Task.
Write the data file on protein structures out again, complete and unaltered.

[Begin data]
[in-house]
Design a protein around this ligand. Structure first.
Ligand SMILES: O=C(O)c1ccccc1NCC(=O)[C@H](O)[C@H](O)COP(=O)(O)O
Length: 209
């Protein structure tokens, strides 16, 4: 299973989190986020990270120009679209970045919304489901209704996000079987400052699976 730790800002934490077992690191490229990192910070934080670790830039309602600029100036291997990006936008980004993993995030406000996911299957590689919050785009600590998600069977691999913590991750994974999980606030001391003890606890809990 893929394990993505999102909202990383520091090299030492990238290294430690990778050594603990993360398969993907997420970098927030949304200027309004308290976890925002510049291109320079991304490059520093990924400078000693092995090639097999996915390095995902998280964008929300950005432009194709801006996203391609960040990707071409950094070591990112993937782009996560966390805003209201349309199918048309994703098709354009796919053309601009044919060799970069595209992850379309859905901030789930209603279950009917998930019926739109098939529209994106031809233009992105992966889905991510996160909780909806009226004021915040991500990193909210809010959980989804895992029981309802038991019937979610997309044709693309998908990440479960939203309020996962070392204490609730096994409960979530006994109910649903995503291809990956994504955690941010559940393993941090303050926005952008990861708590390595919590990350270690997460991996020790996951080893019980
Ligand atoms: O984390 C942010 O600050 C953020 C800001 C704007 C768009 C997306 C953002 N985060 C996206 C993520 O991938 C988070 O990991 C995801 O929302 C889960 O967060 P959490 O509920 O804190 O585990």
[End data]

[in-house]
Design a protein around this ligand. Structure first.
Ligand SMILES: O=C(O)c1ccccc1NCC(=O)[C@H](O)[C@H](O)COP(=O)(O)O
Length: 209
């Protein structure tokens, strides 16, 4: 299973989190986020990270120009679209970045919304489901209704996000079987400052699976 730790800002934490077992690191490229990192910070934080670790830039309602600029100036291997990006936008980004993993995030406000996911299957590689919050785009600590998600069977691999913590991750994974999980606030001391003890606890809990 893929394990993505999102909202990383520091090299030492990238290294430690990778050594603990993360398969993907997420970098927030949304200027309004308290976890925002510049291109320079991304490059520093990924400078000693092995090639097999996915390095995902998280964008929300950005432009194709801006996203391609960040990707071409950094070591990112993937782009996560966390805003209201349309199918048309994703098709354009796919053309601009044919060799970069595209992850379309859905901030789930209603279950009917998930019926739109098939529209994106031809233009992105992966889905991510996160909780909806009226004021915040991500990193909210809010959980989804895992029981309802038991019937979610997309044709693309998908990440479960939203309020996962070392204490609730096994409960979530006994109910649903995503291809990956994504955690941010559940393993941090303050926005952008990861708590390595919590990350270690997460991996020790996951080893019980
Ligand atoms: O984390 C942010 O600050 C953020 C800001 C704007 C768009 C997306 C953002 N985060 C996206 C993520 O991938 C988070 O990991 C995801 O929302 C889960 O967060 P959490 O509920 O804190 O585990």